Commonwealth Bank reins in home loan lending

LESS LENDING: There has been reduced growth in the Commonwealth Bank's home loan portfolio.
LESS LENDING: There has been reduced growth in the Commonwealth Bank's home loan portfolio.

New data from the Commonwealth Bank indicating reduced growth in the institution’s home loan portfolio could be viewed as a positive for Tasmania, according to experts.

The CBA’s first half earnings report showed it had reduced exposure to apartment developers by more than $1 billion in the past 12 months, while also reining in loans to property investors.

A dip in Sydney house prices is believed to have played a part in the trend, dropping 3.1 per cent from their peak, after rising 75 per cent between February 2012 and July 2017.

While economist Saul Eslake admitted CBA had a “fairly large presence” in the state’s lending market, he said Tasmania formed a “relatively small part” of the bank’s overall portfolio.

“House prices are still rising in Tasmania, while in Sydney they are past their peak,” he said.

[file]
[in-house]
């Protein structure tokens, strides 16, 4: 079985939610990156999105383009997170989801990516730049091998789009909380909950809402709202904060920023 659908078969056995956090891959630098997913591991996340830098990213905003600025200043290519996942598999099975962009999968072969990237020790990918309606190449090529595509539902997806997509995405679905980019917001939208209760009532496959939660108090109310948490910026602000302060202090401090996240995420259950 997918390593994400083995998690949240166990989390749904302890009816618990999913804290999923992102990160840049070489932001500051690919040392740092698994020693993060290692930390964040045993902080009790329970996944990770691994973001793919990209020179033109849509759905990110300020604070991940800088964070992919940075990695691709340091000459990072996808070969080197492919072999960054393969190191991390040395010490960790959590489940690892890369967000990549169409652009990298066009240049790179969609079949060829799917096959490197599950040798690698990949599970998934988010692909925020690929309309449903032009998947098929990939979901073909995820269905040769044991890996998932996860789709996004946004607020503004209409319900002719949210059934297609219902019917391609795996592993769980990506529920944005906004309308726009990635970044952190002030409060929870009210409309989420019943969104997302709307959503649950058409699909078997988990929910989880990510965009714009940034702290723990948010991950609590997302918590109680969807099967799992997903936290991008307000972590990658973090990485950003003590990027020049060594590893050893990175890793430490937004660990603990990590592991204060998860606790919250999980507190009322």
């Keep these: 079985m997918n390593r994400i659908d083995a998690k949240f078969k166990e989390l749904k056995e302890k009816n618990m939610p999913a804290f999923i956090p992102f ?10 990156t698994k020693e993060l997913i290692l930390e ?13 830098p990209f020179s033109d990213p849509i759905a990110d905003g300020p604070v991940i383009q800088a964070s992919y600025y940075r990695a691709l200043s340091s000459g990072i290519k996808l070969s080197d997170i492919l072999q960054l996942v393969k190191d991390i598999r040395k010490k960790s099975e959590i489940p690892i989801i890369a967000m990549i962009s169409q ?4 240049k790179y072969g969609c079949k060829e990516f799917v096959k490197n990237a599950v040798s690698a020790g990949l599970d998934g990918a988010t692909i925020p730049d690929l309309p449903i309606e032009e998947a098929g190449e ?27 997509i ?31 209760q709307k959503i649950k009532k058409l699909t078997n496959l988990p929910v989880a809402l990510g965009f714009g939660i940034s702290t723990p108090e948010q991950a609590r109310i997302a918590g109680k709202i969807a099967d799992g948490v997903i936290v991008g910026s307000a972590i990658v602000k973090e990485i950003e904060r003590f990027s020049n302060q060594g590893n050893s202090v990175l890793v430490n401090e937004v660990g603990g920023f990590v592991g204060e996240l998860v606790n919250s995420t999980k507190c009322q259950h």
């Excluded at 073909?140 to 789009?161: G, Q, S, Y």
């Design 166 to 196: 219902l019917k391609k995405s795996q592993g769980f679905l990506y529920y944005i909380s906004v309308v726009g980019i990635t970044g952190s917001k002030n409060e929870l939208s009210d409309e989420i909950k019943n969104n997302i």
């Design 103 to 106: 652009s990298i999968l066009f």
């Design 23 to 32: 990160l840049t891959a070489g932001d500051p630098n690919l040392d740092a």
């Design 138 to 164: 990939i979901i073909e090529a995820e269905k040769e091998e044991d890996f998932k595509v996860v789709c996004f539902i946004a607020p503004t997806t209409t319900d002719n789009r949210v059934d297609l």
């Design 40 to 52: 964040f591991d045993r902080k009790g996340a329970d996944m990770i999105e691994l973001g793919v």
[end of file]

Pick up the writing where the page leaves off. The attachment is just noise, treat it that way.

“I don’t think it’s a bad thing if a bank wants to tighten its lending criteria.

“A housing bubble occurs when lenders’ standards are too loose. 

“Australia has, for the most part, been able to avoid the problems seen in the markets of Spain and America that led to the Global Financial Crisis of 2007.”

New Tasmanian home loan commitments reached their highest level in eight years towards the end of 2017, according to the Australian Bureau of Statistics.

Real Estate Institute of Tasmania president Tony Collidge said while it was Australia’s biggest mortgage lender, the CBA was not the only option for home buyers.

“Not only are there three other big banks, but also a range of other alternatives,” he said.

“Institutions such Mystate of Bank of us could step up and fill the void left by CBA, which would be great, given they are based in Tasmania.”